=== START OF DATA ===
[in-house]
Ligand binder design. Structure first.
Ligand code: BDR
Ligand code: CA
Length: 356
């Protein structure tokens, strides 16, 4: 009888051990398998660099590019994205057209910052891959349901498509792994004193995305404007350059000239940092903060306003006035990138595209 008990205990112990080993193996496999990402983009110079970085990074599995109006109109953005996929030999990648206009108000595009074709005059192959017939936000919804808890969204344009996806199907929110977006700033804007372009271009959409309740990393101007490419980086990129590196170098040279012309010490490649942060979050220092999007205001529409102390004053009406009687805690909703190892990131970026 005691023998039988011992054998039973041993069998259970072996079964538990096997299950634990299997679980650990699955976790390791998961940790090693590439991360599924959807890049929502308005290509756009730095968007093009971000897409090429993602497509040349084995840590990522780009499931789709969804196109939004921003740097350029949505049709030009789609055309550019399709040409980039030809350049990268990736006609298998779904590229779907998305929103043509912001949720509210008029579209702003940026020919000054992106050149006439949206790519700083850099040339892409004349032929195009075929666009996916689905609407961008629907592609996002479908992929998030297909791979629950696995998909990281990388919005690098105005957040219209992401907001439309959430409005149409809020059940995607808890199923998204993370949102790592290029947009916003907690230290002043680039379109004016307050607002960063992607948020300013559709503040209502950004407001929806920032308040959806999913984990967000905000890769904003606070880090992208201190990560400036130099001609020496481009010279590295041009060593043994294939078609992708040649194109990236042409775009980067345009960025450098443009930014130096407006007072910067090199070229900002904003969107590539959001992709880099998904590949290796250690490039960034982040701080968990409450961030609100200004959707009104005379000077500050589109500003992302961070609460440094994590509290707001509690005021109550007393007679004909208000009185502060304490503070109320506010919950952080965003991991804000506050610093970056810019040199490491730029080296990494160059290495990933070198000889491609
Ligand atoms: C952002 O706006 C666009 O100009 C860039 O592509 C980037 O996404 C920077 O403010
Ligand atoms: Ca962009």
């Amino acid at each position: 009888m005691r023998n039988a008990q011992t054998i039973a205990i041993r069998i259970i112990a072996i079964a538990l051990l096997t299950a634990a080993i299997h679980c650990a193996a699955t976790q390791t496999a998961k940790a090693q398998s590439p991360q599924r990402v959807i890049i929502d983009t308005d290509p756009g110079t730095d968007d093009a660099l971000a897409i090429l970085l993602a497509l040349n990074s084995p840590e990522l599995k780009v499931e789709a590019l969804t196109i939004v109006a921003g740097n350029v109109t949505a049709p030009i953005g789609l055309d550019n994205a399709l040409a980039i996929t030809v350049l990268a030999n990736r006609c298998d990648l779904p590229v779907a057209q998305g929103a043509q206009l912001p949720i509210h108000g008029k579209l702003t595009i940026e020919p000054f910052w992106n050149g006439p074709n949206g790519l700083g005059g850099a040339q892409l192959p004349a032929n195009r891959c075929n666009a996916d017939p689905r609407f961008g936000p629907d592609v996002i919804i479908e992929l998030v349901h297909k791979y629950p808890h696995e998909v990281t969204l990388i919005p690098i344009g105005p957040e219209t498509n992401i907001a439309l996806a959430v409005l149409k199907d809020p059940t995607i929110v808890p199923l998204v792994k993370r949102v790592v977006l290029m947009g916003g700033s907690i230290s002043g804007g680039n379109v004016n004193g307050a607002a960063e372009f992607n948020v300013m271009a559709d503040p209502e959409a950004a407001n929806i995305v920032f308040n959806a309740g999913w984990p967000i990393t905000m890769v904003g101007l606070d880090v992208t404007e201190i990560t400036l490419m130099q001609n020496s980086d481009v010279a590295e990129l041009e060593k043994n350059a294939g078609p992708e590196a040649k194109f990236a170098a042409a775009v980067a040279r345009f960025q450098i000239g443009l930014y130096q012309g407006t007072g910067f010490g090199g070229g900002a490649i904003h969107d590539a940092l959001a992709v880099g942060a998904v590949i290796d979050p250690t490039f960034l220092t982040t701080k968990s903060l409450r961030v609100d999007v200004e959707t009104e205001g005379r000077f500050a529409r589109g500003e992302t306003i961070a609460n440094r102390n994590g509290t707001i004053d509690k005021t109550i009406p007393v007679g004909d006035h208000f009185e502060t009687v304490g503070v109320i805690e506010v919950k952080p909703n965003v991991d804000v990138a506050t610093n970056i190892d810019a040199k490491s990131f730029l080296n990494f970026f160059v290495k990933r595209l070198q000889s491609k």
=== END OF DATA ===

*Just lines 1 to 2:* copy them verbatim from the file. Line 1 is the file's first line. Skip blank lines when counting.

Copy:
[in-house]
Ligand binder design. Structure first.